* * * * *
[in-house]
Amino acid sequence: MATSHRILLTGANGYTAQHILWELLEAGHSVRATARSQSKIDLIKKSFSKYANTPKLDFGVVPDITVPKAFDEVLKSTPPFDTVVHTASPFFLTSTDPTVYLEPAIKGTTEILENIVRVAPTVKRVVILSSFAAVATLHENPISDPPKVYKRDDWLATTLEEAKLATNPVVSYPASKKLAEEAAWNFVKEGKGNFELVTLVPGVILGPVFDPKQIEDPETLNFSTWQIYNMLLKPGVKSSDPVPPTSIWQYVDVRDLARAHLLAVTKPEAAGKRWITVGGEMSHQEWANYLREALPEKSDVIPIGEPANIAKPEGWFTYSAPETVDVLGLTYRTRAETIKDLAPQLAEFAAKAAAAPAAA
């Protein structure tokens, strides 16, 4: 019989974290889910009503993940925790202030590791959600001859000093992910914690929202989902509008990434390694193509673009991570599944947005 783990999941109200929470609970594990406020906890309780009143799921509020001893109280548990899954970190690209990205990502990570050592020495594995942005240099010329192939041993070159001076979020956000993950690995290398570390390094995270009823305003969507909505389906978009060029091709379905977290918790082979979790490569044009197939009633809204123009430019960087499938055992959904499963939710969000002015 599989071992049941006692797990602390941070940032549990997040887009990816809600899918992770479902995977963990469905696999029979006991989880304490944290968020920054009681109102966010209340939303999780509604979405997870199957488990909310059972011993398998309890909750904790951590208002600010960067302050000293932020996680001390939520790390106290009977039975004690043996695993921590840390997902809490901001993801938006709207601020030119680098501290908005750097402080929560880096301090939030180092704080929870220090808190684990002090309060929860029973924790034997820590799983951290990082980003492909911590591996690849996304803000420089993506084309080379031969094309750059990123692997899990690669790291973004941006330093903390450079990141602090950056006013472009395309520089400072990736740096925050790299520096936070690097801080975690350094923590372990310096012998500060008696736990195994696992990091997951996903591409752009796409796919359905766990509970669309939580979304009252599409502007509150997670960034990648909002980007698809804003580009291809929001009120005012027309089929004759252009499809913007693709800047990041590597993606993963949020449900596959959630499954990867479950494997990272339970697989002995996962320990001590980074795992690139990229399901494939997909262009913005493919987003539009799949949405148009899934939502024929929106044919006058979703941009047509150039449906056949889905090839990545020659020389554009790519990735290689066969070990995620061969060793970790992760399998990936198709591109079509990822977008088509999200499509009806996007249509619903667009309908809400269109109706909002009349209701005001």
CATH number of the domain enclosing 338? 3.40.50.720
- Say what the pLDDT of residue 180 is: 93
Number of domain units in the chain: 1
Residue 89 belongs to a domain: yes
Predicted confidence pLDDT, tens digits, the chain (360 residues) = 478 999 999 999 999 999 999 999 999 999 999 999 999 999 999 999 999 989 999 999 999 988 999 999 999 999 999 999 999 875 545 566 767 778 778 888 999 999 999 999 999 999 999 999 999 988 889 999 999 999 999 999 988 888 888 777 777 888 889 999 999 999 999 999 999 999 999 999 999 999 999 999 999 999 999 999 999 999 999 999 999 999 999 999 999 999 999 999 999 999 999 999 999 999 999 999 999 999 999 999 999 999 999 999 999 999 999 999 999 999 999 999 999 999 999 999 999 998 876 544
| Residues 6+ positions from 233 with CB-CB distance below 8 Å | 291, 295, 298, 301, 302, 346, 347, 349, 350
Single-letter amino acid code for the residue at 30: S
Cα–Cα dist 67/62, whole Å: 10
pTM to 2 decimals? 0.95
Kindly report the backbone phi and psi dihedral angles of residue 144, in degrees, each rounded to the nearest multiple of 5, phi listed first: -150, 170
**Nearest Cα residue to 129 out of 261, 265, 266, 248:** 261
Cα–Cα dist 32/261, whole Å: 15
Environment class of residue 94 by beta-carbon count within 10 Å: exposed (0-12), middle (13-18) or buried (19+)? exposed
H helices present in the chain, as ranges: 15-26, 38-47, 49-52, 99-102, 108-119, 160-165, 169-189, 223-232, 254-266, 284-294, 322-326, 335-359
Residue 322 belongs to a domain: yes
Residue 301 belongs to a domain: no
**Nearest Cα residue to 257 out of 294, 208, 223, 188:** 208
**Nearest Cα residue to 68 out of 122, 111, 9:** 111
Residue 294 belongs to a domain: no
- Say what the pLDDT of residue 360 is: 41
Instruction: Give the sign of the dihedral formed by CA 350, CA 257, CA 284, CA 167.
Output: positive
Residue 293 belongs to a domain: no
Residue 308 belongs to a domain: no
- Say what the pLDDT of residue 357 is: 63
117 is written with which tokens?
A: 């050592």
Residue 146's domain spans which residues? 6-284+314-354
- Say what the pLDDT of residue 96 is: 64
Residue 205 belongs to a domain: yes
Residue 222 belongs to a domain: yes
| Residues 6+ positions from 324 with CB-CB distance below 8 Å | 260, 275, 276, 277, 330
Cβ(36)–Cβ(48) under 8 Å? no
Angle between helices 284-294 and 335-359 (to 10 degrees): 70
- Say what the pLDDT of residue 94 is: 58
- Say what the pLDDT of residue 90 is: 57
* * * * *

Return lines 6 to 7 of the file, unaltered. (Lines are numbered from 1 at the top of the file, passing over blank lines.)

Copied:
Number of domain units in the chain: 1
Residue 89 belongs to a domain: yes